Compass mapping new directions for a new Labour?

The Labour Party has had the luxury over the last decade of not having to worry too much about the Conservatives. Cameron is changing that. A fourth term is still possible for Labour but more and more people fear or hope that Cameron could achieve power at one go.
The Prime Minister’s pre-announced departure together with fears that the party could now face defeat at the polls is fuelling something of a resurgence in debate about the party’s future policies, personnel and positioning.

Several heavyweight contenders are in the frame for the post of Deputy Leader – likely to be vacated when Blair stands down. Jack Straw, Alan Johnson, Peter Hain and Harriet Harman are mentioned as potential successors to John Prescott.

As for the top job, it’s no longer so widely assumed that Gordon Brown will be a shoe in to take over from Blair. David Miliband, Alan Johnson and John Reid are also possibilities who have been mentioned in despatches.

Politicians are wary of what I call the theory of premature anointment which is illustrated by the fate of John Moore. You’re either too young to remember him or it proves my point. He was the blue-eyed wonder boy in the Cabinet often tipped to take over from Margaret Thatcher but he fell and is now a Peer.

And there will most likely be a kamikaze challenge from the hard left – perhaps Michael Meacher or Lynne Jones.

The range of gatherings of the party and the wider left is becoming bigger as I saw at the recent Compass conference in central London.

The Compass group was set up by Neal Lawson, a former aide to both Blair and Brown, and is a voice of the democratic left.

Compass is sometimes seen as just a vehicle of the Brownites. Though it is clearly close to leading figures such as Ed Balls – the Chancellor’s former right-hand man and now a junior Treasury minister – it is, I think, broader than this.

Lawson says that New Labour is not new or Labour enough and the Compass group is seeking to define a utopian realism – pragmatic policies infused with a more radical vision.

Lawson describes it thus: “A coalition is beginning to gather that we hope will lift our sights but keep our feet on the ground. It is a coalition of ideas and organisation – the unity of theory and practice a new democratic left requires if it to mount an effective challenge to the hegemony of neoliberalism.”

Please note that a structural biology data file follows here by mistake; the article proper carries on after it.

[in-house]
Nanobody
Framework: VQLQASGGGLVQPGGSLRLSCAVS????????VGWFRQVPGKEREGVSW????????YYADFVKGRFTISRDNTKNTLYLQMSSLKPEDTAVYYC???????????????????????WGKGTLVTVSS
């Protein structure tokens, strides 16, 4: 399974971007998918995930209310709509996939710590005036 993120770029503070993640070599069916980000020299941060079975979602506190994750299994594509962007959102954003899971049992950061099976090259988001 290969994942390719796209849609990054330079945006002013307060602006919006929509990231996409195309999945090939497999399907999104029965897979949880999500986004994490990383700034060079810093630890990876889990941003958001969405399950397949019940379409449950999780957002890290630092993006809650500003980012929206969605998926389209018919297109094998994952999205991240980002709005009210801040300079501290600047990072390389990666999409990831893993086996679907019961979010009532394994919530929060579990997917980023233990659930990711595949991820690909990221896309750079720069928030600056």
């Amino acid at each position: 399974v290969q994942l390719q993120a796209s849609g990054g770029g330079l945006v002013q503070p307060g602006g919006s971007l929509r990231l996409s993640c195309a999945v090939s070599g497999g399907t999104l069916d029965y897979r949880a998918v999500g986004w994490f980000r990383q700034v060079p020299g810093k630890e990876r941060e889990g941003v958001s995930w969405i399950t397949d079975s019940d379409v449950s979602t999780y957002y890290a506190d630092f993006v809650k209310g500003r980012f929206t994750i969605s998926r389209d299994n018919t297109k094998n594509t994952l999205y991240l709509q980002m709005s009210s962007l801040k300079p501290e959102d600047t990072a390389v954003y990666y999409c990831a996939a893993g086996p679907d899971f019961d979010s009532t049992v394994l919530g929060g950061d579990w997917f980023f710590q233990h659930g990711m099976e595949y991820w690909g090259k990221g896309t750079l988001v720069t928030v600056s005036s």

He adds: “Already, New Labour supporters are trying to undermine this newfound sense of hope. One very Blairite political columnist said: ‘Compass exists somewhere between Sweden and Narnia.’ (Dave Aaronovitch, I think – Gary Kent) It was a clever charge, which worried us. Were we being impossibilist and fanciful? It made us think.

I mentioned it to a group of visiting Swedish social democrats. They laughed and said, “Oh, he means Sweden and Finland.” These are not imaginary places but countries where society comes first – and because of that, they have enterprising and dynamic economies. They have a left that is modern, principled and popular. Why can’t we?

A significant change since the early 80s is that most of the Labour Left no longer talks about how to overcome or radically transform capitalism but how best to manage the beast – with an emphasis on the market as the servant of the people rather than the people being the slave of the market. I make no criticism of this shift but it’s worth noting. For a previous generation of left-wingers in the Labour Party, Sweden would have been seen as a very limited vision.

The Compass conference was one of the largest and more insurgent gatherings of the left I have seen in nearly 30 years. You’d have to go back to the early 80s for one so big. About 1200 people – few from the organised hard left if any at all – turned out on a blistering summer Saturday in central London – for a day of varied discussion.

The tone of the conference was set by Ed Balls – who called for a crusade to defeat poverty – and Derek Simpson, leader of the Amicus union – engineers and manufacturing. Simpson cited a conversation with a Labour Minister who argued that Labour couldn’t win with its core vote alone. To which Simpson replied that Labour cannot win without its core vote – assumed to be more left-wing, working class and northern.

Of course, they are both right and this means that the alliance between conflicting forces – middle versus working class, dependent versus aspirational, public and private sector etc – has to be constantly reforged.

The funny thing is that this alliance has already undertaken some radical measures of redistribution but you wouldn’t necessarily know this from its rhetoric. An old friend quipped that the difference between, for example, the French Socialist Party and the British Labour Party is that the former talks left but acts right whilst the latter talks right and acts left.

The Compass project seeks, I think, to re-energise one part of the new Labour coalition – its radical wing, and there’s nothing wrong with that. And Compass is drawing up a manifesto of new policies including the possibility of a land tax. Slugger O’Toole‘s readers may care to come up with some ideas of their own.

Gary Kent is a graduate of international relations. After spells in management in British Rail and the Co-Op he began work in parliament in 1987 where he was active for two decades on Anglo-Irish peace activity against terrorism and now as secretary of the all-party parliamentary group on the Kurdistan Region in Iraq, which he has visited 27 times since 2006. He used to be a columnist for Fortnight Magazine and writes a regular column for the Kurdish Rudaw outlet and many other publications.